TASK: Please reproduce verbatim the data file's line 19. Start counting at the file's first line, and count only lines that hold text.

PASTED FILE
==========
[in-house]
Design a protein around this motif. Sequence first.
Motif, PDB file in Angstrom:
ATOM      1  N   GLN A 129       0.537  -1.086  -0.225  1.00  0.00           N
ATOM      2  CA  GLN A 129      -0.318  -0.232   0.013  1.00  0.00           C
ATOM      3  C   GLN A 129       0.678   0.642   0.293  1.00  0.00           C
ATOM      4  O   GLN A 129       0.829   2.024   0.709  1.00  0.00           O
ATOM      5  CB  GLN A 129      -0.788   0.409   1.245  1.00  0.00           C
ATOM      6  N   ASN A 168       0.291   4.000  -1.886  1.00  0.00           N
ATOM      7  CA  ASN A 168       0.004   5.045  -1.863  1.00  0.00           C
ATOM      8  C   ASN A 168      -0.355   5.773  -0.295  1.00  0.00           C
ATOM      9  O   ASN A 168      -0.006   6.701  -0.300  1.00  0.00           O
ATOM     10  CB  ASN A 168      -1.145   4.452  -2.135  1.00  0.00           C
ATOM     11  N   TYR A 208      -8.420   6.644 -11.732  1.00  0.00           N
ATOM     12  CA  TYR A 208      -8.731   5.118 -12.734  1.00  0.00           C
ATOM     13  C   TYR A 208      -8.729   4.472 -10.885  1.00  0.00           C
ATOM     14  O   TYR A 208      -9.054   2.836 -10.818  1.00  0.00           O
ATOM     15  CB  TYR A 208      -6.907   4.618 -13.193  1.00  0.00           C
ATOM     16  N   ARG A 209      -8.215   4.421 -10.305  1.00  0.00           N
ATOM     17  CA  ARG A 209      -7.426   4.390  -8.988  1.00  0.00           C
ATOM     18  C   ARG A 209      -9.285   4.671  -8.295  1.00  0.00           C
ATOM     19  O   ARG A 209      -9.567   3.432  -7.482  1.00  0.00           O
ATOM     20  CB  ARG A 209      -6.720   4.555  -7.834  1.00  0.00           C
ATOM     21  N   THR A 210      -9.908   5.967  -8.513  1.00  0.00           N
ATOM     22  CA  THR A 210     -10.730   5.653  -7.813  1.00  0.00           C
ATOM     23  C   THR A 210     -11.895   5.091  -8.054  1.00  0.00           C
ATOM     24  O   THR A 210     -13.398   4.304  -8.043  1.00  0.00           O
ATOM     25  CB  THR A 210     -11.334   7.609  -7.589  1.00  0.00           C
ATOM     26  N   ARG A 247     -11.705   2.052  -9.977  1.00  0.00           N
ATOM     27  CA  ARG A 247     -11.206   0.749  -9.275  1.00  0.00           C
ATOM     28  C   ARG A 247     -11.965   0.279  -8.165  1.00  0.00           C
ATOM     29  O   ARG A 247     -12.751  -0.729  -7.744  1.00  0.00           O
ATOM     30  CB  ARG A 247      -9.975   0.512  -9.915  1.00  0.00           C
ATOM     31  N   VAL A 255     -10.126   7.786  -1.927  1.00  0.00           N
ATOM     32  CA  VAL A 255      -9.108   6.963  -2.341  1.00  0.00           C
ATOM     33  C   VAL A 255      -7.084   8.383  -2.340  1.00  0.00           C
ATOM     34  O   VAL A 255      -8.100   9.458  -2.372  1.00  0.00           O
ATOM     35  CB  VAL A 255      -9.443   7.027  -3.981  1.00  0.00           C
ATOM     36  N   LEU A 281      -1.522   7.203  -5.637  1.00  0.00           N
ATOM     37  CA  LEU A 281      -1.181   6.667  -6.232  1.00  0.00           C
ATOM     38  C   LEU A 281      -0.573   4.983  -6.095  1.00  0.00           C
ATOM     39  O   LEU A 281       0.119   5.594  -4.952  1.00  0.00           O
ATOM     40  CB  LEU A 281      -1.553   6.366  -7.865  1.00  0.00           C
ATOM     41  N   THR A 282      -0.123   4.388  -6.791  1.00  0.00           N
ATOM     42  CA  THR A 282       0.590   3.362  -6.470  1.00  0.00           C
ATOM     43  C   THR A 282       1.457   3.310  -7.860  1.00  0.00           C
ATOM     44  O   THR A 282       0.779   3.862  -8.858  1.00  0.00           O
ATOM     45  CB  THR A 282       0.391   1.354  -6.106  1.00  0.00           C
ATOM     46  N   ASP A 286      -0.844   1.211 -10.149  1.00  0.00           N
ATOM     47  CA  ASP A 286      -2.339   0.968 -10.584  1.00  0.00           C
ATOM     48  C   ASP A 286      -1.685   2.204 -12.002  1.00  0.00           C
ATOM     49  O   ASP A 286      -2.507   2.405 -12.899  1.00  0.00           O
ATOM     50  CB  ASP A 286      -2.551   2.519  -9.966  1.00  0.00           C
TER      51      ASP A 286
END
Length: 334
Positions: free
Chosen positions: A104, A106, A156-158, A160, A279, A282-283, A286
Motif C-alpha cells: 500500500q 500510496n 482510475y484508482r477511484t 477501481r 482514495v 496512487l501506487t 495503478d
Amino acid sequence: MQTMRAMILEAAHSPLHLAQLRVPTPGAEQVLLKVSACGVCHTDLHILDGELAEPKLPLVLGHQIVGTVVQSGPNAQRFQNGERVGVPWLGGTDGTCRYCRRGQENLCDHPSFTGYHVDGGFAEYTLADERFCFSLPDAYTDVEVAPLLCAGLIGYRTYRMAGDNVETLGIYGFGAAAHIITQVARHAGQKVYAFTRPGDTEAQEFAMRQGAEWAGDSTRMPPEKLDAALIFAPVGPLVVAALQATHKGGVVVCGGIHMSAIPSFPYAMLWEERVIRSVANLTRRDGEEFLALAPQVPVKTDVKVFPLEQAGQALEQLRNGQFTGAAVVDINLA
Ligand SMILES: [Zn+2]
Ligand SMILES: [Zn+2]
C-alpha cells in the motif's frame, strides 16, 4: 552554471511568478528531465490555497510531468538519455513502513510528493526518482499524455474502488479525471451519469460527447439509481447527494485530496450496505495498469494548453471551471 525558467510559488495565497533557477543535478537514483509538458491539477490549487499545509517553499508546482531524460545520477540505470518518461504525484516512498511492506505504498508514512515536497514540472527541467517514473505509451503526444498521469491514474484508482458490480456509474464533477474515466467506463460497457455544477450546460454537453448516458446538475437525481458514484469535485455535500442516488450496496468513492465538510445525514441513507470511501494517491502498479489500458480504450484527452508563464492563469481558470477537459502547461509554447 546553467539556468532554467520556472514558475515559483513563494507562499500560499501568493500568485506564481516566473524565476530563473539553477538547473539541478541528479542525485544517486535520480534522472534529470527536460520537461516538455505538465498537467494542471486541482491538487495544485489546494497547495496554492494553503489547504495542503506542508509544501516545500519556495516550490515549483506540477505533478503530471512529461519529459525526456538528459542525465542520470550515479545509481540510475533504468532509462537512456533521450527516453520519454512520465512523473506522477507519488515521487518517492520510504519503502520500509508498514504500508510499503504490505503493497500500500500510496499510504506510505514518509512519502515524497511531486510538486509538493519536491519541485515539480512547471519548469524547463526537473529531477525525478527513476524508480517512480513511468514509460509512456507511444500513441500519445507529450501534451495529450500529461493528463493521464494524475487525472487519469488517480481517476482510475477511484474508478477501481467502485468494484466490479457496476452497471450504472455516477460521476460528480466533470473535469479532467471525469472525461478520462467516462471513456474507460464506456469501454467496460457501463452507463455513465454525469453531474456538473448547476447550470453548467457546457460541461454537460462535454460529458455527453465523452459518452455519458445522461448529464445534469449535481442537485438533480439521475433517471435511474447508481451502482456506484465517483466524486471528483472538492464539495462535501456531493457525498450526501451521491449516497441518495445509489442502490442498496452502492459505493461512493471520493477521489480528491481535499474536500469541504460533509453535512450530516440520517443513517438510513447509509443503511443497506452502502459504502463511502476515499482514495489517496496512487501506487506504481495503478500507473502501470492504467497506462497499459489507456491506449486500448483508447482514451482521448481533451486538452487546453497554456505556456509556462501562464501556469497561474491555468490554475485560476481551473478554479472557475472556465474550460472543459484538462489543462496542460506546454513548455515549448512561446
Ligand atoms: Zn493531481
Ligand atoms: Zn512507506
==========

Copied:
ATOM     16  N   ARG A 209      -8.215   4.421 -10.305  1.00  0.00           N